Wednesday, September 4, 2013
I've been having a terrible time sleeping, which doesn't help matters.
I feel really worthless and I'm having trouble seeing the point of anything.
I don't feel comfortable starting so many sentences with "I".
But mostly this post is to tell you all that I came across an article about Chronic Fatigue Syndrome/Myalgic Encephalomyalitis that gave me a bit of hope. I mentioned before the Norway study that found improvements amongst CFS/ME patients given rituximab (one of the drugs I receive). A prominent UK researcher has given his support to the cause and he discusses a little bit of the science involved. At the end is a prompt to donate to the research efforts. If you could, know that it would mean a lot to me if donations were made on account of my story. I'm thoroughly convinced that CFS/ME is an autoimmune disorder and this research sets out to strengthen that hypothesis. If anything, it would be nice to see the disease taken more seriously. I still feel like 95% of people I know don't believe I've actually been sick all these years (aside from the cancer).
Thanks to everyone who reads these things.
Monday, August 26, 2013
Had my fourth treatment today. I woke up feeling like garbage. I was already nauseous and feeling chilled, so I was in no mood to fight cancer this morning.
I met with a PA since my doctor was off doing whatever chairmen of cancer centers do (e.g., rolling around in money and laughing). I've waited for the results of my latest PET scan for five days and all I got out of her was "everything looks better". Anticlimactic as shit. But even though it was a vague reassurance, it was a reassurance nonetheless.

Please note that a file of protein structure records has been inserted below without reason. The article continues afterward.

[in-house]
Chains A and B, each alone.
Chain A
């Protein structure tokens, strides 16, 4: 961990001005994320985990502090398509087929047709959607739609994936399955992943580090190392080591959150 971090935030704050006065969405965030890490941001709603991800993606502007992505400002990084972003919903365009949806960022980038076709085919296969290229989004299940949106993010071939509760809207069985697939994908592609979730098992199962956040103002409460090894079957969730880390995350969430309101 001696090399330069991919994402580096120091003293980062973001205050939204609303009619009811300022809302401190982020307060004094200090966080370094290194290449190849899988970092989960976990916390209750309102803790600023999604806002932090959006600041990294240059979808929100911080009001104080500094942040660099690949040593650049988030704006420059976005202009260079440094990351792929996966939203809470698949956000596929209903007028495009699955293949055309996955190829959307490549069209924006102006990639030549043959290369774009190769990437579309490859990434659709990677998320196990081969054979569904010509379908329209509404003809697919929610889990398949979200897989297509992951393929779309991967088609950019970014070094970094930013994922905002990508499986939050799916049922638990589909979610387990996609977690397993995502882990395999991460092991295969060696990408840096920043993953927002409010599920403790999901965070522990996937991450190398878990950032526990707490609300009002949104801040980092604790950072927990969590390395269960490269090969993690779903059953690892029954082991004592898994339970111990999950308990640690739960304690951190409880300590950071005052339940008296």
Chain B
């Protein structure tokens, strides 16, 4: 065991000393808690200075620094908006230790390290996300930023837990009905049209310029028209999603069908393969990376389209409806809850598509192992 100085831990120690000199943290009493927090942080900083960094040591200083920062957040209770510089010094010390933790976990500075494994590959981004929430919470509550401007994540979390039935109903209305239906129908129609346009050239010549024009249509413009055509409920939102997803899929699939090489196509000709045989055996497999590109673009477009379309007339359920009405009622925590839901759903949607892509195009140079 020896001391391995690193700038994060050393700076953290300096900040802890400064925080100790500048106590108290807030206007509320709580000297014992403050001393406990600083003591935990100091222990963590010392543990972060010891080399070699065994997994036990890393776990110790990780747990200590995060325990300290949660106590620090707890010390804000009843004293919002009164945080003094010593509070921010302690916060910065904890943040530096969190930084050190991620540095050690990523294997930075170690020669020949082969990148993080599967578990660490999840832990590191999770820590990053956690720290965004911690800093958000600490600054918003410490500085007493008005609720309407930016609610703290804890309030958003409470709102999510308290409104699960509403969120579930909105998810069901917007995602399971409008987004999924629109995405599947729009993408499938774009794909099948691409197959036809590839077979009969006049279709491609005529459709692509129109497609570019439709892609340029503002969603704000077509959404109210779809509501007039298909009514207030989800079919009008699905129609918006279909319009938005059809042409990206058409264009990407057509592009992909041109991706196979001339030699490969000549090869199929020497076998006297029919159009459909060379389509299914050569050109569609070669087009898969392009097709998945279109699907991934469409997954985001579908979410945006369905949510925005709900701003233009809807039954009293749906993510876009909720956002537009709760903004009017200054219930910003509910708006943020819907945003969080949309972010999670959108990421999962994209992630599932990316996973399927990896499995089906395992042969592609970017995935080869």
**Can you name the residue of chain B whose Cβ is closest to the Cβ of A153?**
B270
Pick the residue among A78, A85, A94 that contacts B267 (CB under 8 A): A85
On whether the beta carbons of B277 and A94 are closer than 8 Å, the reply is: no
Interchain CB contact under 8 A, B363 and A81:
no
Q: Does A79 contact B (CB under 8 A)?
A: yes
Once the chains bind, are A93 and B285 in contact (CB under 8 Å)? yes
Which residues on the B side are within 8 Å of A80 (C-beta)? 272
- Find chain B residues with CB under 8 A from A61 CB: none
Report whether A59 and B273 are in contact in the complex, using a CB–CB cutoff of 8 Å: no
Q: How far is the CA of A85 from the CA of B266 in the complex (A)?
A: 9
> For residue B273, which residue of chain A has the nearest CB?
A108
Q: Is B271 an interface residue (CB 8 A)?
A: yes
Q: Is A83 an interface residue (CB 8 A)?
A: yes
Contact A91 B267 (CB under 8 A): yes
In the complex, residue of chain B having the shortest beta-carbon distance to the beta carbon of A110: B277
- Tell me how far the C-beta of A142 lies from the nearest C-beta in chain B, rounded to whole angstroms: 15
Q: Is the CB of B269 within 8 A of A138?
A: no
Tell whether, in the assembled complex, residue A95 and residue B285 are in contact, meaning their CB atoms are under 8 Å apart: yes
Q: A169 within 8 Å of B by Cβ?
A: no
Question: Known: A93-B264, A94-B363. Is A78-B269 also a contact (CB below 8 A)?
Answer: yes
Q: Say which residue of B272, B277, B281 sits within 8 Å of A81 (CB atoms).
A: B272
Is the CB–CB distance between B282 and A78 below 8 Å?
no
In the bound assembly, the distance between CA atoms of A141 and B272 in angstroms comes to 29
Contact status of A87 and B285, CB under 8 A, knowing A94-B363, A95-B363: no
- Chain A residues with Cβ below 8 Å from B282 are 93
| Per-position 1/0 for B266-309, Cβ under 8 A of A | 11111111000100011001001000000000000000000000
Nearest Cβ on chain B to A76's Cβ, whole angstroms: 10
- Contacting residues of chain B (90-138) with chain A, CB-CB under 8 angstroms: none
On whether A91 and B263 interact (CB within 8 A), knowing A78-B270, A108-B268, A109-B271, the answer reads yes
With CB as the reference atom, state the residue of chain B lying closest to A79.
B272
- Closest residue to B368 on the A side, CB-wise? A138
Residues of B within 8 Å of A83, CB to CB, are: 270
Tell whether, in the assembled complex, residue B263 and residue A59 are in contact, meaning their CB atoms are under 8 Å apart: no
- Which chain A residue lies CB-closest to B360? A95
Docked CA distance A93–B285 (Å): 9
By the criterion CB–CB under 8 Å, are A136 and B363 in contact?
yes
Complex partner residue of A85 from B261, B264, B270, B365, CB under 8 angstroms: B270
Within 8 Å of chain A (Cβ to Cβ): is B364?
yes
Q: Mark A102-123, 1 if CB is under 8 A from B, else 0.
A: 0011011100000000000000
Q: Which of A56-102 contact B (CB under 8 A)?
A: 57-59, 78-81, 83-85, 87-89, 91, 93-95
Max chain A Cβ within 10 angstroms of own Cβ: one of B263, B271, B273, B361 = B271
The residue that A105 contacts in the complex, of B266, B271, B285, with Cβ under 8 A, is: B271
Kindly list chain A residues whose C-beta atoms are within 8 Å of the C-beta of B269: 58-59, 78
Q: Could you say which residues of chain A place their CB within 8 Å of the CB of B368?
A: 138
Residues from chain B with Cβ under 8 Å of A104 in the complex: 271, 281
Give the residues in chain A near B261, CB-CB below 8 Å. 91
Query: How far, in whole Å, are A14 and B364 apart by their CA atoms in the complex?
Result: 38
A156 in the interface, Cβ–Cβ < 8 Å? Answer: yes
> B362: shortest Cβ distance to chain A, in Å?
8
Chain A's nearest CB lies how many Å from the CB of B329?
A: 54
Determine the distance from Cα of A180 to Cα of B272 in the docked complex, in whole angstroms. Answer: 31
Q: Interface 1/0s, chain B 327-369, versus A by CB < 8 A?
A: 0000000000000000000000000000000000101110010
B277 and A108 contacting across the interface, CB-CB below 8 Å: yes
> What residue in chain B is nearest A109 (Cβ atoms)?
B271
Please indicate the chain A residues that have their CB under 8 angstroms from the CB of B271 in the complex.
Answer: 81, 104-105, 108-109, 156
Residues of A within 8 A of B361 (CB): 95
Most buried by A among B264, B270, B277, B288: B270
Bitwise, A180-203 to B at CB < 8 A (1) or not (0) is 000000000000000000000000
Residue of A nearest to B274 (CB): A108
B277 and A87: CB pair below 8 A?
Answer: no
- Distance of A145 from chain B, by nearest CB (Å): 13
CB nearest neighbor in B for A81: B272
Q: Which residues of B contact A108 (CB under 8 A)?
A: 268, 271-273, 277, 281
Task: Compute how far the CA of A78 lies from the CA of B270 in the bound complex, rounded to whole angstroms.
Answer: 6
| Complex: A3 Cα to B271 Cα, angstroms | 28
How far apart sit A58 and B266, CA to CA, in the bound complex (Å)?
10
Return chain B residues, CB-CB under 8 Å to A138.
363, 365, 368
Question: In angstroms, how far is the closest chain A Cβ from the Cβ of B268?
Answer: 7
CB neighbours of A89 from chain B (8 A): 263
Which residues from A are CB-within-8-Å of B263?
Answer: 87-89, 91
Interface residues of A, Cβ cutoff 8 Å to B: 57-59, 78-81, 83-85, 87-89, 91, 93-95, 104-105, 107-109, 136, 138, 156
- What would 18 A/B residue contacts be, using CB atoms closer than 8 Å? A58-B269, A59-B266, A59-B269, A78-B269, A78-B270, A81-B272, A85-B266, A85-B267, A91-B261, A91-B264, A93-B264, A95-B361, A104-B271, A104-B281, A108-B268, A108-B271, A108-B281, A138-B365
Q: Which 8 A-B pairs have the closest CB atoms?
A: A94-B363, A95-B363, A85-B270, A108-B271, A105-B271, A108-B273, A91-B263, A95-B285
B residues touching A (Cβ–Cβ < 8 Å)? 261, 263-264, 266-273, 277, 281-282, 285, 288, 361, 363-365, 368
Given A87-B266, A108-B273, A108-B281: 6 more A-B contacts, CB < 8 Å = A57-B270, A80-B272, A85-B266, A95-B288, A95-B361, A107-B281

There's still some cancer hanging out inside me and so I have to go ahead with the last three treatments.
I'm feeling really overwhelmed right now. My life is paused. I can see the end of my treatments, it seems within reach; but beyond that is crushing uncertainty. I have no idea how my CFS/ME will be effected by all of this. I keep holding that study about Rituxan as a viable treatment as a symbol of hope; but the results were shaky. The problem with CFS/ME is that it could just be everything that cannot be currently diagnosed; so knowing if the 60% who were cured by the Rituxan had the same causal agent as the 40% it didn't is impossible at this time. Not to mention that there's no way of knowing how I relate to either of those groups.
I've been feeling worthless and bored lately. All of my tricks to keep my time occupied are wearing thin. I take it as a good sign that I want to be out and about doing things, but the frustration is not being physical or mentally able to do much toward those ends.
No help to these feelings of worthlessness is the rejection email I got from a press I thought would really "get" my manuscript. Sunday evening is a terrible time for rejection emails btw. Especially if the recipient has chemotherapy the next day. I believe in this book and that it deserves to be published, but I am running out of ideas on places willing to give it a chance.